Thursday, January 3, 2008

Highlighting a New Day

Painting on the Easel [Ed. Note:  I'm doing another post about my Thomas Kinkade painting because I apparently am getting a lot of traffic to my blog due to a lot of people Google Searching for info about this particular painting.  I felt I should give those folk a little something]Highlighting a flower bed

Back in November, I purchased the Thomas Kinkade painting A New   Day at Cinderella Castle.  We were given the option of having the painting Master Highlighted which we partook since it was just a nominal extra charge.

Highlighting the LamppostsOriginally, the Master Highlighter was supposed to be in town during the time we were in Orlando for MouseFest.  Mother Nature had  something to say about that and the ice storm that we faced coming home prevented her from showing up.  So, we were able to reschedule and attend.Highlighting the Deer

Other than the fact that we were sitting in the middle of the mall (our local Kinkade Gallery is in the mall), it was a pretty cool thing to see.

When the highlighter started working, just little bits of paint were added in very strategic places.  After a short bit, it was awesome how the little touches made the areas that were highlighted pop.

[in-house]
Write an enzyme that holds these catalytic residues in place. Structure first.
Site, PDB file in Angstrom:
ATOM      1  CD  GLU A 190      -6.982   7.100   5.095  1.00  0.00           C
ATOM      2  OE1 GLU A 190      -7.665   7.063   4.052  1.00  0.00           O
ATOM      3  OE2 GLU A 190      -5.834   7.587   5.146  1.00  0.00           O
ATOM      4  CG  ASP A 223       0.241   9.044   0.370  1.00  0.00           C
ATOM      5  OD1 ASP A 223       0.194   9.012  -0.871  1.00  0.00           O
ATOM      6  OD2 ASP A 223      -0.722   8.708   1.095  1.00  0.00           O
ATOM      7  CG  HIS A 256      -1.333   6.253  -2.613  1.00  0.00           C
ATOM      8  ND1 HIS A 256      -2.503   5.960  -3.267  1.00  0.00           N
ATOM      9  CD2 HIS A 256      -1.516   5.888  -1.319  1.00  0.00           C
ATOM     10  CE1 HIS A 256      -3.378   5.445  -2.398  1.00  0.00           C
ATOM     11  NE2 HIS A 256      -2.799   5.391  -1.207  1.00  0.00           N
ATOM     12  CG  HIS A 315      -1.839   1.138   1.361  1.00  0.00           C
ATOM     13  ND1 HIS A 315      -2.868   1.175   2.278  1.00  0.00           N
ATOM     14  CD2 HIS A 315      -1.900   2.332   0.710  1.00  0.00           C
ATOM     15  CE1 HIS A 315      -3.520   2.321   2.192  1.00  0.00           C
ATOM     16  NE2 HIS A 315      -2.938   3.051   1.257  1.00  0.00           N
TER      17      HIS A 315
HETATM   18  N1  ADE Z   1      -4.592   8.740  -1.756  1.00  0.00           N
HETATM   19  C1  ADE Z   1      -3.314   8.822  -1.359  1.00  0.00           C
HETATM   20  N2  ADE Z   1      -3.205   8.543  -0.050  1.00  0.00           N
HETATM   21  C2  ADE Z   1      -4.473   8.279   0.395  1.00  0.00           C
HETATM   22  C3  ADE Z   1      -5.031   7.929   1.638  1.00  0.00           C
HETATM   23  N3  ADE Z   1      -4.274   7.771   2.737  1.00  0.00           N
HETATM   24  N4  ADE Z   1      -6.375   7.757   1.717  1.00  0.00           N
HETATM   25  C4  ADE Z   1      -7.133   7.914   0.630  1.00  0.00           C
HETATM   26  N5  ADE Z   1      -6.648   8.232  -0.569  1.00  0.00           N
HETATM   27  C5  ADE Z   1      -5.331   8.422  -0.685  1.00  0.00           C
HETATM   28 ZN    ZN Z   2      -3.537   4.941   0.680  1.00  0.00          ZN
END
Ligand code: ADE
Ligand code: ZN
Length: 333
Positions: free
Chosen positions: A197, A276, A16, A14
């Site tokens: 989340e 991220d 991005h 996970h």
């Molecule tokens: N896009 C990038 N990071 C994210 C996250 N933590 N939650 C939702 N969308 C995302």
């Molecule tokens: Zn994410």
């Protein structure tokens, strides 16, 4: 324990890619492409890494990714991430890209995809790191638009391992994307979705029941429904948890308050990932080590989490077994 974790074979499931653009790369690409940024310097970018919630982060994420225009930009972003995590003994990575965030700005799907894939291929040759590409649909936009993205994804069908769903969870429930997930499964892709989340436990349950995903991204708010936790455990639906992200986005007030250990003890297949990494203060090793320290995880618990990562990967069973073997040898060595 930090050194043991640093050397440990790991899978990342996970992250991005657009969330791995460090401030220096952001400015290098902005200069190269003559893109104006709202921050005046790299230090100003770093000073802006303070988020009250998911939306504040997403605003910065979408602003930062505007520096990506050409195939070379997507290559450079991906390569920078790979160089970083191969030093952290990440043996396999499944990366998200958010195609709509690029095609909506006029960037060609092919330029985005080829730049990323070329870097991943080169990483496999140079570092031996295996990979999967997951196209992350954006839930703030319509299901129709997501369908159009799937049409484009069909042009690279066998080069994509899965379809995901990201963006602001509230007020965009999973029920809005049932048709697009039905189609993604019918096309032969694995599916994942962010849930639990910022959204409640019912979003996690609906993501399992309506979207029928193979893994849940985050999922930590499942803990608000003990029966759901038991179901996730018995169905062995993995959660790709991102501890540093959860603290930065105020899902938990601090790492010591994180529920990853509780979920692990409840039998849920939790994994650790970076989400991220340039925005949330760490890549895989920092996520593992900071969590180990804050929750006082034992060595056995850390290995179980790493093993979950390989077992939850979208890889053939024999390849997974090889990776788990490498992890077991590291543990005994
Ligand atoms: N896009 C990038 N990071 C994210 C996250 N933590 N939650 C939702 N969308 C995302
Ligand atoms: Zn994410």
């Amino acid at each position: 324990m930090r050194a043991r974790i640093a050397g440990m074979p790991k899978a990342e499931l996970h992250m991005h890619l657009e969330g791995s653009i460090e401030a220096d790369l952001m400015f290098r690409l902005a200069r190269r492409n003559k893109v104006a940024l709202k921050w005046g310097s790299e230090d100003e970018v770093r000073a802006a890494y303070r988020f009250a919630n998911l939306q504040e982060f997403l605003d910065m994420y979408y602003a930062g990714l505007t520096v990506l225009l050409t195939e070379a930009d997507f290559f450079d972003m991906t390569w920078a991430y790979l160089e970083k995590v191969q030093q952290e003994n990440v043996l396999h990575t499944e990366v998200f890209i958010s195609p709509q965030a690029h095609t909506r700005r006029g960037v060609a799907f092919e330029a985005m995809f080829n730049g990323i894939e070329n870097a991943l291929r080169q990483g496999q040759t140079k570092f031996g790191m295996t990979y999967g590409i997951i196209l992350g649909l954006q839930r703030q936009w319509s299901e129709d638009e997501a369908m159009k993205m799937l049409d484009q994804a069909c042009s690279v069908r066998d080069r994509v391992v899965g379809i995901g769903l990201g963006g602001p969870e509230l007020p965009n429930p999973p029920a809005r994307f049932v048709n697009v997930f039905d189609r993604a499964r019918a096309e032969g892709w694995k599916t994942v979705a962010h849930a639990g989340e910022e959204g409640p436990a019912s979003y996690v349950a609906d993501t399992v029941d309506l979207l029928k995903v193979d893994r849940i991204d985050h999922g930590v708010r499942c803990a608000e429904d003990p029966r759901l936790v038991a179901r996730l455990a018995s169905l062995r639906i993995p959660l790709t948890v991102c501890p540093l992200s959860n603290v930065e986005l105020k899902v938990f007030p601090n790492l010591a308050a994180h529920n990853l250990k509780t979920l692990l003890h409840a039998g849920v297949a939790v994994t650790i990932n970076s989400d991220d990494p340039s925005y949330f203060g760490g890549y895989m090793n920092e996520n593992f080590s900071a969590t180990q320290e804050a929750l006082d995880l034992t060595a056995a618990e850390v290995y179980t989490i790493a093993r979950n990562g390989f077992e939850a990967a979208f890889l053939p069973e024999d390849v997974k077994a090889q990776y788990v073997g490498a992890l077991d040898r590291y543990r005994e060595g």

The process was only about 15-30 minutes, but we didn't regret it.

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5 comments:

sambycat said...

I'M ACTUALLY A MASTER LOW LIGHTER - JUST LET ME KNOW IF Y'ALL NEED ANYTHING... ;)

Grumpwurst (Ray) said...

Lisa,
I'll be sure to let you know if I need anything masterfully low lighted :)

Doc Terminus said...

Grumpy,

When its all said and done, would you say the picture was subtly changed or is the highlighting pretty extreme?

Grumpwurst (Ray) said...

Glenn,

I would definitely say that when it's all said and done, it was a subtle improvement. It seemed dramatic when we witnessed it being done, but I doubt if someone walked in and looked at the painting they'd be able to tell what was original and what was "enhanced".

But, my understanding is that is the purpose. They add paint to give the surface more topography which in turn catches the light from the room and in turn creates highlights

Doc Terminus said...

Ray,

Thanks a load... I've been curious about the process for years...

Have a good few days away... we'll see you when you get back...

And you know if you travel by Passamaquoddy, theres a perfect spot for a "Grumpy's gym"...